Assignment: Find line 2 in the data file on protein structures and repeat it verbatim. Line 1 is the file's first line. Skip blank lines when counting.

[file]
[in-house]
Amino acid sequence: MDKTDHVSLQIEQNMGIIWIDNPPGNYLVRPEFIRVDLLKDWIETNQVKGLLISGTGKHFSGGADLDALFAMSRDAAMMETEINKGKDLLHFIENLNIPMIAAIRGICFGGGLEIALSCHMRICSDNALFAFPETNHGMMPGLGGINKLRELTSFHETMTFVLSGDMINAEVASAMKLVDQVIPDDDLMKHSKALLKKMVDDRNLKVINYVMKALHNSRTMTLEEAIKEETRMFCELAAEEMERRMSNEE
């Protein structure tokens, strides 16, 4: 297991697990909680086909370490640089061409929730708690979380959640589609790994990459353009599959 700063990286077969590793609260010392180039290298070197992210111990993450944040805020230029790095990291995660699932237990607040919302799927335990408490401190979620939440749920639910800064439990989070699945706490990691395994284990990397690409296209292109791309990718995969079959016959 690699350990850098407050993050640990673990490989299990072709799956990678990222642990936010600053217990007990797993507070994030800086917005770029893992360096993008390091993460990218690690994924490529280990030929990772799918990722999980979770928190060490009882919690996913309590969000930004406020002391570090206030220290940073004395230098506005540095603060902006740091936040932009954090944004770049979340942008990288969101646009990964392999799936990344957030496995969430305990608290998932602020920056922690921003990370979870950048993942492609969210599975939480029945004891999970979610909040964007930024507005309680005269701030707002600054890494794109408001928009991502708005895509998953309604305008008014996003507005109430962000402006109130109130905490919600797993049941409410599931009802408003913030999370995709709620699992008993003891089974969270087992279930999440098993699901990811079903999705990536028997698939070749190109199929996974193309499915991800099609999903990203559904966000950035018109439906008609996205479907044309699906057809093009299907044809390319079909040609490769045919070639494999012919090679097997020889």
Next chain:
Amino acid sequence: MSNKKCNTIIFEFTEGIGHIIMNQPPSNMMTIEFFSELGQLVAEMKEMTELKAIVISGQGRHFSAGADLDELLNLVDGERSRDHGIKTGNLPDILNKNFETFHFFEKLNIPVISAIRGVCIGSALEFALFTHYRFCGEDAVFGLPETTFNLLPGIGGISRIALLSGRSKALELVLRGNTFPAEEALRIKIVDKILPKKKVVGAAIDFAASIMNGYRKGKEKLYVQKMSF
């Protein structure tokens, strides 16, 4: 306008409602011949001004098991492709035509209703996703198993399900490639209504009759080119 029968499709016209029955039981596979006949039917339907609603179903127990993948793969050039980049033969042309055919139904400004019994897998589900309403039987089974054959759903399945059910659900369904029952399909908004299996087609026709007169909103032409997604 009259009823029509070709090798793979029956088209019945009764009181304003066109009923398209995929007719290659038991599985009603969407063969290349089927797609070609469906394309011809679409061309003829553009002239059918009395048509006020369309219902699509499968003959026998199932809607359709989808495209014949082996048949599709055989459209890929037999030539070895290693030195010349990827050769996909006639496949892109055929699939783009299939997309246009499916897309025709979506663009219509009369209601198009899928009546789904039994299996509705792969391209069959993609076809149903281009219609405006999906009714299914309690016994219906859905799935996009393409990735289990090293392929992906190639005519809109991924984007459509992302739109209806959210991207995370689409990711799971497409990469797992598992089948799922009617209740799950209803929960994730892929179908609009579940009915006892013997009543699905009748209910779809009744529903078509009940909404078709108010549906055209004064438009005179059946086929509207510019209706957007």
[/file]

Amino acid sequence: MDKTDHVSLQIEQNMGIIWIDNPPGNYLVRPEFIRVDLLKDWIETNQVKGLLISGTGKHFSGGADLDALFAMSRDAAMMETEINKGKDLLHFIENLNIPMIAAIRGICFGGGLEIALSCHMRICSDNALFAFPETNHGMMPGLGGINKLRELTSFHETMTFVLSGDMINAEVASAMKLVDQVIPDDDLMKHSKALLKKMVDDRNLKVINYVMKALHNSRTMTLEEAIKEETRMFCELAAEEMERRMSNEE